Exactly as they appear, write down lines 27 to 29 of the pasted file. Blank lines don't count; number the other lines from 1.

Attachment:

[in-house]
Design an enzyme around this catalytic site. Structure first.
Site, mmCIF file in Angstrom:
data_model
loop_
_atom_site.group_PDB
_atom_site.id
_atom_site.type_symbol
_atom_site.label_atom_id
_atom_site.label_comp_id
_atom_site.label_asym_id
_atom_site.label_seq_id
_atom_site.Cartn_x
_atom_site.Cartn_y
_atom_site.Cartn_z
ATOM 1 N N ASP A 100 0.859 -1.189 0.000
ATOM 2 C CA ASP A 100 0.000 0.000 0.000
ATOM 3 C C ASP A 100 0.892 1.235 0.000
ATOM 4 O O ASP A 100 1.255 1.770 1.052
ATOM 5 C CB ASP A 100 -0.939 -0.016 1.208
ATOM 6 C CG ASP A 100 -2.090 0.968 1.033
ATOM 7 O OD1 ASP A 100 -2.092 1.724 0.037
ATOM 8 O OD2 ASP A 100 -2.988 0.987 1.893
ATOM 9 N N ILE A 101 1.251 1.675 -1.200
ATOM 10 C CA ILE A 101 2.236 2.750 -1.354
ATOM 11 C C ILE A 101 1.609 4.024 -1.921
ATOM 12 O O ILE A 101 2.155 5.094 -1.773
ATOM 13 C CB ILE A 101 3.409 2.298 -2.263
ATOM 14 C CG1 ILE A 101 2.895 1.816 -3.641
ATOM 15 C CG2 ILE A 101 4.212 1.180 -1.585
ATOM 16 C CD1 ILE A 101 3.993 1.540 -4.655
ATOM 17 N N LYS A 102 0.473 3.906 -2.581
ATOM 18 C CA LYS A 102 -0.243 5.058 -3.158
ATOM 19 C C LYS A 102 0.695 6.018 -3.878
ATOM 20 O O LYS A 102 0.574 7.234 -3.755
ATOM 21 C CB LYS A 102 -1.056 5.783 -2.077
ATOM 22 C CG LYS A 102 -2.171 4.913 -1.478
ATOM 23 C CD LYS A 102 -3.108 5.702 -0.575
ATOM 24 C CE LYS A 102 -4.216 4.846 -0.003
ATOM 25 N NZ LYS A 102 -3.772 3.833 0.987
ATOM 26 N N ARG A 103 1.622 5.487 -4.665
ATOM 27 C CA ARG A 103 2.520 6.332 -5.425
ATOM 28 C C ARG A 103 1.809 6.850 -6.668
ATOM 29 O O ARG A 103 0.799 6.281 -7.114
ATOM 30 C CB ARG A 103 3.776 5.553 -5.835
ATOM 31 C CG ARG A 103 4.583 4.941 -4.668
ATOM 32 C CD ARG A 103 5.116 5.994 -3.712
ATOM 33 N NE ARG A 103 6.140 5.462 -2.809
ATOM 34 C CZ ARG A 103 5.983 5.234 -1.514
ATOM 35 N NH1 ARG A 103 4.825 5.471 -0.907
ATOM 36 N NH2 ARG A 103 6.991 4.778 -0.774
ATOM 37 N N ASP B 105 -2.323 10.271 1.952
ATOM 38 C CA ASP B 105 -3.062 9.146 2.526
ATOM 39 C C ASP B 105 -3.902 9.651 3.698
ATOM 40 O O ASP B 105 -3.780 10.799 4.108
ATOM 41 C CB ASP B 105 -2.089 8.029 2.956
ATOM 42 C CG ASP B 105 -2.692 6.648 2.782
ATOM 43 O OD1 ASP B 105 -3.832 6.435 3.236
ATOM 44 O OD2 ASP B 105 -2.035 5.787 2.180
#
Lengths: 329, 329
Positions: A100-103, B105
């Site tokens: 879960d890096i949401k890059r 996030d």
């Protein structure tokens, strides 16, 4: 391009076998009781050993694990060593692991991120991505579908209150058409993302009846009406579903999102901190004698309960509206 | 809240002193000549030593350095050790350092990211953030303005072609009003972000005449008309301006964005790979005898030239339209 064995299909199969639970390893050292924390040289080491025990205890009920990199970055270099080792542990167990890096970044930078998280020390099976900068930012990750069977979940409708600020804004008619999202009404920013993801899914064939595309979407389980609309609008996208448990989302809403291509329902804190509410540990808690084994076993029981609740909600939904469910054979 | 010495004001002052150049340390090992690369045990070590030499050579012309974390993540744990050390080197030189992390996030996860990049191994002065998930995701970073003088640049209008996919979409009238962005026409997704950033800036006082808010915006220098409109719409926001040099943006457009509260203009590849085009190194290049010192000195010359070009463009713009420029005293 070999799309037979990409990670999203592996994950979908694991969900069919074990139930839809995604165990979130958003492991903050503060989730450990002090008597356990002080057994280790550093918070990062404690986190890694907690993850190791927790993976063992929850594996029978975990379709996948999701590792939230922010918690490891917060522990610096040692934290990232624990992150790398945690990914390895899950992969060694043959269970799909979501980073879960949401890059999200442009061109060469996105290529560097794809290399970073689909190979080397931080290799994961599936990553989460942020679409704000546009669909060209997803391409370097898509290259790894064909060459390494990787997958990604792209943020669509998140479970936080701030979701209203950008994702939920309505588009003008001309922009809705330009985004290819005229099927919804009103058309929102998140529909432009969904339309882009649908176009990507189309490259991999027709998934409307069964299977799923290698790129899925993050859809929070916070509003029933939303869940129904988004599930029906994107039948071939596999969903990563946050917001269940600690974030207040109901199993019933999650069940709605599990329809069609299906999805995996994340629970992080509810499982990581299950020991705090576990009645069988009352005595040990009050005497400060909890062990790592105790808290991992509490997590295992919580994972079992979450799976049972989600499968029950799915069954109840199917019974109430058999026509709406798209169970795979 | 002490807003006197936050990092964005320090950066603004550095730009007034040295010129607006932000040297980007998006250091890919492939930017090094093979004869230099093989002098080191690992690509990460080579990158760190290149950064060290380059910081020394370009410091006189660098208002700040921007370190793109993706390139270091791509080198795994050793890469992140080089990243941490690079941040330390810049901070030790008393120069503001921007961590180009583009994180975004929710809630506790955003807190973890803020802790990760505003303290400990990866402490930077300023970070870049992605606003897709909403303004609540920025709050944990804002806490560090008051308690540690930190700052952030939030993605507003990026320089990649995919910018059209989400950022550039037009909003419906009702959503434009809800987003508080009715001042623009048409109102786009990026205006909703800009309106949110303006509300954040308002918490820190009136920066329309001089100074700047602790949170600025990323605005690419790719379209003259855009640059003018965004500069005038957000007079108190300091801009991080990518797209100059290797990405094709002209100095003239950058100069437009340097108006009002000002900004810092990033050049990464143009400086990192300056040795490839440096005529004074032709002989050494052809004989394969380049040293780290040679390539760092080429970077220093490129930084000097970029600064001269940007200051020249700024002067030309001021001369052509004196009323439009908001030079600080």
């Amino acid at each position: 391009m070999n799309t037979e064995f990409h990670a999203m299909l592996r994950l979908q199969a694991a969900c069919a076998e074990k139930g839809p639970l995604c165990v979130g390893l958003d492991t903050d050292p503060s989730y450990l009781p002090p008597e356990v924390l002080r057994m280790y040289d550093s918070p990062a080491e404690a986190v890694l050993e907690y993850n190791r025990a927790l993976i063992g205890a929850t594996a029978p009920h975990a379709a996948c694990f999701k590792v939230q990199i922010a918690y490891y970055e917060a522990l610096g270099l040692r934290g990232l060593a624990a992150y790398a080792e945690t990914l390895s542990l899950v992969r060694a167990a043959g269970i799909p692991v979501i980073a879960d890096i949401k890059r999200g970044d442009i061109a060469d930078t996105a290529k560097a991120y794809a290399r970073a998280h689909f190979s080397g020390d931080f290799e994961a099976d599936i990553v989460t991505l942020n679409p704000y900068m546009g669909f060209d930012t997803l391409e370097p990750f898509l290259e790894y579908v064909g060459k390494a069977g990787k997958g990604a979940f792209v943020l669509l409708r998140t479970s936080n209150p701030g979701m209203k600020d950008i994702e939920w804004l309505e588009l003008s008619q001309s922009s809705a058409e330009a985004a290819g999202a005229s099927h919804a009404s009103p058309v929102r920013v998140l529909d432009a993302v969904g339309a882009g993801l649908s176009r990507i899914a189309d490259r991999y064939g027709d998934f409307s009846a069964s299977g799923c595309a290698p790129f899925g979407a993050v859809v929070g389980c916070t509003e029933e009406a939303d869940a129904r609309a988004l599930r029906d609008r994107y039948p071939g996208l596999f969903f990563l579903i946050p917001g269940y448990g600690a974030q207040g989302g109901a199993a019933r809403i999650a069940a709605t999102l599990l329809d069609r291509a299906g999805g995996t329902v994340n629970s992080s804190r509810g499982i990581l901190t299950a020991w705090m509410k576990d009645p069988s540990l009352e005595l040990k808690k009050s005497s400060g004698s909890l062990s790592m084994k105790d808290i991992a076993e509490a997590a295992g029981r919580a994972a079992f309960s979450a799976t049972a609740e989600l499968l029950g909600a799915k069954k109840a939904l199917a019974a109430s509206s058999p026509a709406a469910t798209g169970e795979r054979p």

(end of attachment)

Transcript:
ATOM 12 O O ILE A 101 2.155 5.094 -1.773
ATOM 13 C CB ILE A 101 3.409 2.298 -2.263
ATOM 14 C CG1 ILE A 101 2.895 1.816 -3.641